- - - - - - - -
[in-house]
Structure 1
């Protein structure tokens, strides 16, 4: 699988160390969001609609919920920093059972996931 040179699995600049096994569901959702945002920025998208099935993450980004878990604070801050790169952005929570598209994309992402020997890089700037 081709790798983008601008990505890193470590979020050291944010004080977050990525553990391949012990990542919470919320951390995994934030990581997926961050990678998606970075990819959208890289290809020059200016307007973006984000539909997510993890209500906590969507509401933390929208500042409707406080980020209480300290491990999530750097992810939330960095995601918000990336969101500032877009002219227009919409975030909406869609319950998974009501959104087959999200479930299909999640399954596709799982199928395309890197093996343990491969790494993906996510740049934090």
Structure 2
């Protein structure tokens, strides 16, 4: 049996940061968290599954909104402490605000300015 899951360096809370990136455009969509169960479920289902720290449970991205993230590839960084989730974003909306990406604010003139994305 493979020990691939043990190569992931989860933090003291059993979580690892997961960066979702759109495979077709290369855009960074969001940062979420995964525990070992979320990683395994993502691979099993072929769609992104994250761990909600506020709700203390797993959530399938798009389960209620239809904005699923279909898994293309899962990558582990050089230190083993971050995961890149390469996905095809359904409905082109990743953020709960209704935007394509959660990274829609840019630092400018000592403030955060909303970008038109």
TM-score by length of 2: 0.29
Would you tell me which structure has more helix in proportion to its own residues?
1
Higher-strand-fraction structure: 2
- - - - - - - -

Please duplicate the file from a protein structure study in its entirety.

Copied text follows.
[in-house]
Structure 1
């Protein structure tokens, strides 16, 4: 699988160390969001609609919920920093059972996931 040179699995600049096994569901959702945002920025998208099935993450980004878990604070801050790169952005929570598209994309992402020997890089700037 081709790798983008601008990505890193470590979020050291944010004080977050990525553990391949012990990542919470919320951390995994934030990581997926961050990678998606970075990819959208890289290809020059200016307007973006984000539909997510993890209500906590969507509401933390929208500042409707406080980020209480300290491990999530750097992810939330960095995601918000990336969101500032877009002219227009919409975030909406869609319950998974009501959104087959999200479930299909999640399954596709799982199928395309890197093996343990491969790494993906996510740049934090």
Structure 2
């Protein structure tokens, strides 16, 4: 049996940061968290599954909104402490605000300015 899951360096809370990136455009969509169960479920289902720290449970991205993230590839960084989730974003909306990406604010003139994305 493979020990691939043990190569992931989860933090003291059993979580690892997961960066979702759109495979077709290369855009960074969001940062979420995964525990070992979320990683395994993502691979099993072929769609992104994250761990909600506020709700203390797993959530399938798009389960209620239809904005699923279909898994293309899962990558582990050089230190083993971050995961890149390469996905095809359904409905082109990743953020709960209704935007394509959660990274829609840019630092400018000592403030955060909303970008038109």
TM-score by length of 2: 0.29
Would you tell me which structure has more helix in proportion to its own residues?
1
Higher-strand-fraction structure: 2